Dove back into one of my favorite hobbies recently, when I landed a ten item trove of Arkham House ephemera. Ordered them mostly blind, though I had the sense that an item I needed might possibly be in the lot.
Sure enough, my gamble paid off and I got a copy of Item 87 from the collector’s checklist I did for Firsts: The Book Collector’s Magazine back in October 2002. I’ll presume anyone interested in assembling the ephemera has that issue, since I do a history of the items along with the list. One hundred items in total, although since then I think we have scouted out another ten to twenty items not on that list (and from the Classic Era only — I’m not interested once you get past the years when August Derleth was both Arkham publisher and Arkham promoter, turning out these little gems of sales propaganda wizardry).
Item 87 was reported in Firsts as “Unseen at this time.” It had been described in a sales list from L.W. Currey, that’s how I knew about it. New and Forthcoming Books by August Derleth was the title. I figured it was separate from other pieces of ephemera because it was only eight pages — same exact title as Item 88, but 88 was 12 pages.
Yep, that’s the level of arcane detail you get into in the ephemera game.
Also got another item I didn’t know about — an Order Blank on orange paper — but it turned out my ephemera-collecting bud John D. Haefele had it already, so it was not completely new to us. Just to me.
The rest of the stuff I had in hand. Dupes. Lucky for Haefele, he needed three of those items, so the score really paid off, item for item.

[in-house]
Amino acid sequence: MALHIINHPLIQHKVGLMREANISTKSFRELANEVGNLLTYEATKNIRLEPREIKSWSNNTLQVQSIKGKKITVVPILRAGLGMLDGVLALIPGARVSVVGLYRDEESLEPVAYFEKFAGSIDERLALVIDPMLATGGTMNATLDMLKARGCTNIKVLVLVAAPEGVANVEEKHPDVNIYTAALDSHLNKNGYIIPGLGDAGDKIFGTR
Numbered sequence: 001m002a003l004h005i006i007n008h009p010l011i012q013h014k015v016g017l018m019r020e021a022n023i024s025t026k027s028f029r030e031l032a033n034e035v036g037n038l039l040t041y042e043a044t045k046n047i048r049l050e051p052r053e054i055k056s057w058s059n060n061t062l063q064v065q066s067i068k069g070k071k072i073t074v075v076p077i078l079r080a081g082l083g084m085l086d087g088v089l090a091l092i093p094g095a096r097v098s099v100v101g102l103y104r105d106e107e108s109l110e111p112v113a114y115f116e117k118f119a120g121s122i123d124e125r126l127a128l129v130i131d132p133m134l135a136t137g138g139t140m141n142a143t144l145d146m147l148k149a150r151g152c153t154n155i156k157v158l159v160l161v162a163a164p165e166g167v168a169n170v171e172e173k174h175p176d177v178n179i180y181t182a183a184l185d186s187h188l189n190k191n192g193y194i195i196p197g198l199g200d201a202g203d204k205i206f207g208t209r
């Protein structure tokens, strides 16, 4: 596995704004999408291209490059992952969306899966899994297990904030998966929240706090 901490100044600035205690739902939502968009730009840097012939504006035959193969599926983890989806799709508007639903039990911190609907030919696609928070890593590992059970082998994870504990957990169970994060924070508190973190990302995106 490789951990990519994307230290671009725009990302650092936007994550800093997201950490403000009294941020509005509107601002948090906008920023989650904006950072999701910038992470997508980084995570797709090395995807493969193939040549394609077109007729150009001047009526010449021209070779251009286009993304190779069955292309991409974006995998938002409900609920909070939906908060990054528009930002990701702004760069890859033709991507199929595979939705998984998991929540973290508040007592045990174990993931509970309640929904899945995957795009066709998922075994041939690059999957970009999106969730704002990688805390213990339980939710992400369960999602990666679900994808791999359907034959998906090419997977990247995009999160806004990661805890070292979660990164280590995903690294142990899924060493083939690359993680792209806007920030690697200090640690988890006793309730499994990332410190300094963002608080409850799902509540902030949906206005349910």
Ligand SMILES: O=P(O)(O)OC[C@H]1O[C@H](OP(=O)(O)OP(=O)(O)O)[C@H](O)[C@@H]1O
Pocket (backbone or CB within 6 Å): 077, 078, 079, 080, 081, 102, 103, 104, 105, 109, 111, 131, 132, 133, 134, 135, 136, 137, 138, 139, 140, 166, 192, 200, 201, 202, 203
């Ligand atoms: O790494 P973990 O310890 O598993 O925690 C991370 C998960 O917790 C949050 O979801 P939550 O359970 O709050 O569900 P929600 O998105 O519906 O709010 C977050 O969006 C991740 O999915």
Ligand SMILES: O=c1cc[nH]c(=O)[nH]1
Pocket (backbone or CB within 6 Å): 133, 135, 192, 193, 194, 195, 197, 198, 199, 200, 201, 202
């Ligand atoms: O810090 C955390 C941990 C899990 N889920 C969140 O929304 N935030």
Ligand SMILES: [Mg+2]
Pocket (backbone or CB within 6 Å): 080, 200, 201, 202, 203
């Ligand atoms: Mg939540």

Even if all the items turned out to be dupes, the risk was balanced by the main offering, a TLS from Derleth to the arch-collector Adrian Homer Goldstone. Given added poignancy by the date, March 2, 1971 — Derleth would die July 4 of that year.
Typed on a greeting card Derleth had printed up, with an image by artist Roy Hunt of Solar Pons and his associate Parker in the doorway of 7 Praed Street.
Pons is Derleth’s knockoff of Sherlock Holmes, Parker his Watson, Praed Street an echo of 221B. . . .
While I’m not sure the greeting card quite fits into a list of Arkham ephemera — though it might, I guess — it was worth having, plus the fitted envelope it came in with the Mycroft & Moran logo (M&M was the mystery fiction arm of Arkham House).
And personally, I also liked the Goldstone connection. Bay Area guy, huge collector and bibliographer of John Steinbeck and Arthur Machen, in his last years he began assembling a collection of mystery and detective fiction. When it went to auction after his death in 1977, it broke sales records — propelled writers like Dashiell Hammett from the $800ish range for a first edition such as The Maltese Falcon more toward $5000 — soon to be $10,000, and beyond.
Goldstone died a hero’s death, trying to stop a runaway car on one of San Francisco’s hills that had pulled loose from the brake.
(And just the other day Brian Leno popped in a note about how he “was dinking around on ABEbooks and came across the information that Adrian Homer Goldstone’s brother, M.B. Goldstone, had a copy of The Great Gatsby that sold at auction for over $100,000. That t’ain’t bad, McGee.” I told Leno that when it came to the world of books, those Goldstones were serious babies, they didn’t mess around.)